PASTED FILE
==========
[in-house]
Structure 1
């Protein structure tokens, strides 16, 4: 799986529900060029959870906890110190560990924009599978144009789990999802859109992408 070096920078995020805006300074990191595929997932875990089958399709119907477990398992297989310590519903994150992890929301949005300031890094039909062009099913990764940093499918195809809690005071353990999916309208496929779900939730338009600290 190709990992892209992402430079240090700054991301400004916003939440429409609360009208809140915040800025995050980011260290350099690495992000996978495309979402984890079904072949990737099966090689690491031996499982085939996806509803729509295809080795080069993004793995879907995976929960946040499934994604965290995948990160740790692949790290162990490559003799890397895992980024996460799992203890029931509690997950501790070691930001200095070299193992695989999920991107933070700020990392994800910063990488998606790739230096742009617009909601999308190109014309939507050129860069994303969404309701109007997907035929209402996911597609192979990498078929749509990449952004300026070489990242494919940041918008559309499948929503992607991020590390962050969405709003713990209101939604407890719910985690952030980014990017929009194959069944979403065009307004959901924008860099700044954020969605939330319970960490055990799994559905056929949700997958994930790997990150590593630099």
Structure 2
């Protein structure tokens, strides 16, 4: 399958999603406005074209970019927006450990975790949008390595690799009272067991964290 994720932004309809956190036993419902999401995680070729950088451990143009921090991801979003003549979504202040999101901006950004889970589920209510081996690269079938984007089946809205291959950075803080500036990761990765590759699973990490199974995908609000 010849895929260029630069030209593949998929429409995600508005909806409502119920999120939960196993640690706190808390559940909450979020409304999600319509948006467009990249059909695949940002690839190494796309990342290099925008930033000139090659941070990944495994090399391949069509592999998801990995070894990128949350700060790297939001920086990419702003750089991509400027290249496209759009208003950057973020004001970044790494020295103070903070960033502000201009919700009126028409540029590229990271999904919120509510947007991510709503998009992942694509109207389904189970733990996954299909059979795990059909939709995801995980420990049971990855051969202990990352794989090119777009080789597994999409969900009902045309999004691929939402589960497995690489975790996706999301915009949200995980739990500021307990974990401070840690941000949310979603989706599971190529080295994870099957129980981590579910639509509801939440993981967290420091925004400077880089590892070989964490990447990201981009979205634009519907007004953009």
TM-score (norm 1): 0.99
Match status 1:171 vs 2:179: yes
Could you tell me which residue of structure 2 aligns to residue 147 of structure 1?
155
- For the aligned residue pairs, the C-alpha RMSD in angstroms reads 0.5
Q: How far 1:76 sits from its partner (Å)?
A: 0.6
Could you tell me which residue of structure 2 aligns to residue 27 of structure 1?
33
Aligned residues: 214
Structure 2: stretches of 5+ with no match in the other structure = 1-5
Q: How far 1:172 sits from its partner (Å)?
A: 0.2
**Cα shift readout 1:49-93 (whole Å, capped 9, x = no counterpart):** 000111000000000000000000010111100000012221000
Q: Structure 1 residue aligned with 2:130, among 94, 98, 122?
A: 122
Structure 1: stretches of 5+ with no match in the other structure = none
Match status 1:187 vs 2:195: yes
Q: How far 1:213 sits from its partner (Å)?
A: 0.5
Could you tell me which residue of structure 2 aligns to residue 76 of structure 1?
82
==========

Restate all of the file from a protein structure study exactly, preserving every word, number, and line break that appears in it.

[in-house]
Structure 1
């Protein structure tokens, strides 16, 4: 799986529900060029959870906890110190560990924009599978144009789990999802859109992408 070096920078995020805006300074990191595929997932875990089958399709119907477990398992297989310590519903994150992890929301949005300031890094039909062009099913990764940093499918195809809690005071353990999916309208496929779900939730338009600290 190709990992892209992402430079240090700054991301400004916003939440429409609360009208809140915040800025995050980011260290350099690495992000996978495309979402984890079904072949990737099966090689690491031996499982085939996806509803729509295809080795080069993004793995879907995976929960946040499934994604965290995948990160740790692949790290162990490559003799890397895992980024996460799992203890029931509690997950501790070691930001200095070299193992695989999920991107933070700020990392994800910063990488998606790739230096742009617009909601999308190109014309939507050129860069994303969404309701109007997907035929209402996911597609192979990498078929749509990449952004300026070489990242494919940041918008559309499948929503992607991020590390962050969405709003713990209101939604407890719910985690952030980014990017929009194959069944979403065009307004959901924008860099700044954020969605939330319970960490055990799994559905056929949700997958994930790997990150590593630099």
Structure 2
């Protein structure tokens, strides 16, 4: 399958999603406005074209970019927006450990975790949008390595690799009272067991964290 994720932004309809956190036993419902999401995680070729950088451990143009921090991801979003003549979504202040999101901006950004889970589920209510081996690269079938984007089946809205291959950075803080500036990761990765590759699973990490199974995908609000 010849895929260029630069030209593949998929429409995600508005909806409502119920999120939960196993640690706190808390559940909450979020409304999600319509948006467009990249059909695949940002690839190494796309990342290099925008930033000139090659941070990944495994090399391949069509592999998801990995070894990128949350700060790297939001920086990419702003750089991509400027290249496209759009208003950057973020004001970044790494020295103070903070960033502000201009919700009126028409540029590229990271999904919120509510947007991510709503998009992942694509109207389904189970733990996954299909059979795990059909939709995801995980420990049971990855051969202990990352794989090119777009080789597994999409969900009902045309999004691929939402589960497995690489975790996706999301915009949200995980739990500021307990974990401070840690941000949310979603989706599971190529080295994870099957129980981590579910639509509801939440993981967290420091925004400077880089590892070989964490990447990201981009979205634009519907007004953009």
TM-score (norm 1): 0.99
Match status 1:171 vs 2:179: yes
Could you tell me which residue of structure 2 aligns to residue 147 of structure 1?
155
- For the aligned residue pairs, the C-alpha RMSD in angstroms reads 0.5
Q: How far 1:76 sits from its partner (Å)?
A: 0.6
Could you tell me which residue of structure 2 aligns to residue 27 of structure 1?
33
Aligned residues: 214
Structure 2: stretches of 5+ with no match in the other structure = 1-5
Q: How far 1:172 sits from its partner (Å)?
A: 0.2
**Cα shift readout 1:49-93 (whole Å, capped 9, x = no counterpart):** 000111000000000000000000010111100000012221000
Q: Structure 1 residue aligned with 2:130, among 94, 98, 122?
A: 122
Structure 1: stretches of 5+ with no match in the other structure = none
Match status 1:187 vs 2:195: yes
Q: How far 1:213 sits from its partner (Å)?
A: 0.5
Could you tell me which residue of structure 2 aligns to residue 76 of structure 1?
82